In life we are often presented with situations that are less than ideal. Whether they be work related, interpersonal, or even habits of body and mind, the default response to these difficult circumstances is to “fix” them or to avoid them if at all possible.
It should be fairly obvious that avoiding the situation can not result in personal growth or a change in the situation (unless by accident- which happens rarely). Things may change over time seemingly by themselves, although in reality other factors apart from you are affecting the potential for change. This route leaves the outcome of the situation completely to chance. Depending on the situation, this can work out well or be disastrous (or somewhere in between).
If we attempt to fix the situation by doing something about it directly a few things can happen. Examining the word “fix” provides some insight into this process, so let’s take a look at some possible definitions of the word and how they apply to this idea.
1)To put into a stable or unalterable form.
If we take a bad situation and try to fix it directly, we often end up solidifying the situation; making it more difficult or impossible to change. This is because every action has an equal and opposite reaction. If you push on something, it will push back, unless it’s already moving in that direction.
In example: If you need someone to do something they don’t want to do, telling them to do it will likely result in the person digging in their heels; making the goal of getting them to do whatever is required more difficult or just plain impossible. If you force the action/change there will be collateral damage because you are breaking/deforming the structure holding the situation together. In this example you can destroy the relationship between you and the person you’d like to do something.
2)To correct or set right
This at first glance this would appear to be a good thing to do. You see a problem and correct it; no more problem right? Unfortunately it is never this simple. When you change something within a system of balance (we all live in many systems of balance) you are affecting the entire system, not just the thing you changed. Therefore, when you fix one problem in a system another inevitably arises as the problem you fixed was balanced with something else. You can’t remove something without replacing it with something else. Our tendency to repeatedly fall into this trap is exacerbated by two things: faulty perception of what the real problem is, and our next definition of fixing:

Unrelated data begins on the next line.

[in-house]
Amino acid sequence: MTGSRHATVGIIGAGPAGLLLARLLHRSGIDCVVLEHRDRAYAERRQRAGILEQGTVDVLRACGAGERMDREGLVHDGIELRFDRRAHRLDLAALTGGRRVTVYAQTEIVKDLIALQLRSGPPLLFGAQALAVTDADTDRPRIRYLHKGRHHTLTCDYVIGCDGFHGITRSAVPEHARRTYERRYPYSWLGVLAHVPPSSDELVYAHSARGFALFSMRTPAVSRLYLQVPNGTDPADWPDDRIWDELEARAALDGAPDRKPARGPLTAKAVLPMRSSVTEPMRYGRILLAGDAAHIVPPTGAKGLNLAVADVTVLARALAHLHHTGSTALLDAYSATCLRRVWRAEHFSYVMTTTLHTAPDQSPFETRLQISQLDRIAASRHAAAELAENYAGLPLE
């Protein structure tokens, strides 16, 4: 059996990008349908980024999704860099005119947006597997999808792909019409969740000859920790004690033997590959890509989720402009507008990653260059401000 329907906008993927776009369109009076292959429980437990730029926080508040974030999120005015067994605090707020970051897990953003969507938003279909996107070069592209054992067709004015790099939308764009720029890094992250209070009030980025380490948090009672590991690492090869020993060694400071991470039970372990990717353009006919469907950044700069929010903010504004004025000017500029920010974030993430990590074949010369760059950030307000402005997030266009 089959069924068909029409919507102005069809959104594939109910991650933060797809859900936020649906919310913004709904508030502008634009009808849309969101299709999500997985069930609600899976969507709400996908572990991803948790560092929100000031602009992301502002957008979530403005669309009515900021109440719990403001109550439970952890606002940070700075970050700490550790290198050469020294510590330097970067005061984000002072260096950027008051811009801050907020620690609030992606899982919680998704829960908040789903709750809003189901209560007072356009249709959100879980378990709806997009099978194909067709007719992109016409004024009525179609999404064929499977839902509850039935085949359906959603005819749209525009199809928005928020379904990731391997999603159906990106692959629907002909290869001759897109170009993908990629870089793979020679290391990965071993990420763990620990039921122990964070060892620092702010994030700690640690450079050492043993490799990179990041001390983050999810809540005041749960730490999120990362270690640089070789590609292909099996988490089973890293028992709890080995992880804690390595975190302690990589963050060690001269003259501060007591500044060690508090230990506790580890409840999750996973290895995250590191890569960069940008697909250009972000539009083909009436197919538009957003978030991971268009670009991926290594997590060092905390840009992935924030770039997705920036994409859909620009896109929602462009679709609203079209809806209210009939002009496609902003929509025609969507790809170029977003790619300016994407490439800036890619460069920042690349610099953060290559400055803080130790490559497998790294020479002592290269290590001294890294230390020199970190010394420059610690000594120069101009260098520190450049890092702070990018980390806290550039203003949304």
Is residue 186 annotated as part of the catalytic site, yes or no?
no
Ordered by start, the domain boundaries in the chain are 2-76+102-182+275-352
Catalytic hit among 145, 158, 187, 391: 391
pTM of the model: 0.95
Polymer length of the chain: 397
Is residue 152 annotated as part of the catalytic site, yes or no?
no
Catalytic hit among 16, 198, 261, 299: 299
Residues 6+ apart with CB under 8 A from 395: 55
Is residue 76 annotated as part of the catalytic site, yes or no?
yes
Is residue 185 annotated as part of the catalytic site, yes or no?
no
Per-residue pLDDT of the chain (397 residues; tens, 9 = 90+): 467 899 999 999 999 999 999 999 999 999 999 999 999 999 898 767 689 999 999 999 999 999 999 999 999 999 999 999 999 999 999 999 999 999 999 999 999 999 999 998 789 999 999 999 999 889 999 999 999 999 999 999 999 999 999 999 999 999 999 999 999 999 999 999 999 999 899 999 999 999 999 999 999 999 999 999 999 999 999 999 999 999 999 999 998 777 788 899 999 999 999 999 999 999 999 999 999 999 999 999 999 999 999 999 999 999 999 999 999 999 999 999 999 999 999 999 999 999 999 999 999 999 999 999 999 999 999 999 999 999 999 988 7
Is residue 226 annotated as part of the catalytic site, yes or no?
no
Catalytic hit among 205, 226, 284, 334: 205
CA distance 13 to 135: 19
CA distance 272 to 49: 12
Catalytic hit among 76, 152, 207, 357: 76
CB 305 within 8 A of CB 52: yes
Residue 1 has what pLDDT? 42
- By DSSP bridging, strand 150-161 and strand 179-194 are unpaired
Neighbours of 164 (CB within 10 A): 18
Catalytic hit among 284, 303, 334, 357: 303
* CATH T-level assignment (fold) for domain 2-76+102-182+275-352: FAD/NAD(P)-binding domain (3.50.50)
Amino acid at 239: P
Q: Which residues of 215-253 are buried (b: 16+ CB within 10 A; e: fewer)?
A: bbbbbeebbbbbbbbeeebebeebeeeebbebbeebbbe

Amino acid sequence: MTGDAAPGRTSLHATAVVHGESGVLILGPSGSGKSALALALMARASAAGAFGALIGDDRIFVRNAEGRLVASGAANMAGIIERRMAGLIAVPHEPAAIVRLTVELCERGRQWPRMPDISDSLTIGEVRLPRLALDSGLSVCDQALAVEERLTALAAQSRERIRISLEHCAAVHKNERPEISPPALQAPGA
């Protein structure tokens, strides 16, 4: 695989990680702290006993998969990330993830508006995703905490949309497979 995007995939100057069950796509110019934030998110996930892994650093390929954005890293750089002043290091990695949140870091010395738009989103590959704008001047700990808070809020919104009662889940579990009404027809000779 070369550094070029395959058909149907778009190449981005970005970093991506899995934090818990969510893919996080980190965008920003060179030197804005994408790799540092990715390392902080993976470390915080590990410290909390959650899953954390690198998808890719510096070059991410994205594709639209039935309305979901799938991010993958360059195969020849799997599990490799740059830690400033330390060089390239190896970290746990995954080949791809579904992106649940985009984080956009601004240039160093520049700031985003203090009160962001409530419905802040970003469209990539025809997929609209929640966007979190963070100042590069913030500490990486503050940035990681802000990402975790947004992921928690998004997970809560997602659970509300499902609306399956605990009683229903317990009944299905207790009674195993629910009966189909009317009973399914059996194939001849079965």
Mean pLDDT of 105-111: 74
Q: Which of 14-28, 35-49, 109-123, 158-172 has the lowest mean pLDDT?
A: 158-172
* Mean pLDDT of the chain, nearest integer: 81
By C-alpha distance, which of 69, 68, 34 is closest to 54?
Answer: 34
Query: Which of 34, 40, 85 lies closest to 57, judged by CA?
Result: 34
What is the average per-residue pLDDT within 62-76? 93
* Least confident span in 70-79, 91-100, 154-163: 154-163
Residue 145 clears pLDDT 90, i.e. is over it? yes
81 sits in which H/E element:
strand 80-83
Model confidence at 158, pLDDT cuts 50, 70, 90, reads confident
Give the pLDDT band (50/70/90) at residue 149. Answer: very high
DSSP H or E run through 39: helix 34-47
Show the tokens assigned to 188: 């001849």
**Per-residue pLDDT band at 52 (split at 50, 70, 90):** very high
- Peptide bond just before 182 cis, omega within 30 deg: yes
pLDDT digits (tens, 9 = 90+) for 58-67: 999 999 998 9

3)To direct one’s efforts or attention; concentrate
This definition would again seem to be a good on the surface, however, how we go about directing our attention (concentrating) often leads to too narrow a view, not allowing us to see the entire system we are affecting. We then start fixing problems only to move on to the next problem that we faultily perceive to be independent of the last one. We then feel like we’ve accomplished something by fixing many little things but in reality we haven’t done much of anything (except maybe destabilizing the system) if we don’t account for their relation to the whole. I have to continually remind myself of this in working with the Alexander Technique, as it’s completely unhelpful to lengthen one part of the body at the expense of another- something which is almost guaranteed to happen if I do not keep the whole person in front of me in my awareness.
How can I improve/resolve a bad situation if I can’t fix it without collateral damage?
The first step is to turn our attention inward. How can we create the conditions for a change to be possible? The current state of balance (conditions) in the system we are looking at does not allow for the change we perceive is necessary. Be curious about what’s going on in the system. It’s helpful to refrain from thinking about things in terms of good/bad, right/wrong, specific problems/solutions as these types of thinking narrow our focus. If you do narrow in on a “problem” take a wider view of the area surrounding the problem and rather than directly fixing it, ask, “What can I do in myself to encourage the problem to change?”
If someone has a habit of verbally attacking you, you may be tempted to give them a taste of their own medicine or teach them a lesson. This will only result in them digging their heels in or, if enough pressure is applied, they will break and there will be collateral damage- which isn’t of much value either. Ask yourself, “What is their intention? Why might they be treating me this way? What could I have done to cause them to react this way? What do I know about this habit? What can I do to meet their needs without causing a negative reaction? What is likely to happen if I proceed with my planned action?” (This requires taking time before acting and the result is often different than what we expect.) “How can I learn from this?”
In short, don’t jump to fix a problem; open yourself to the possible solutions to make room for a change. This ensures personal growth, regardless of the outcome in the specific situation (and it’s usually the best way to improve a bad situation anyways).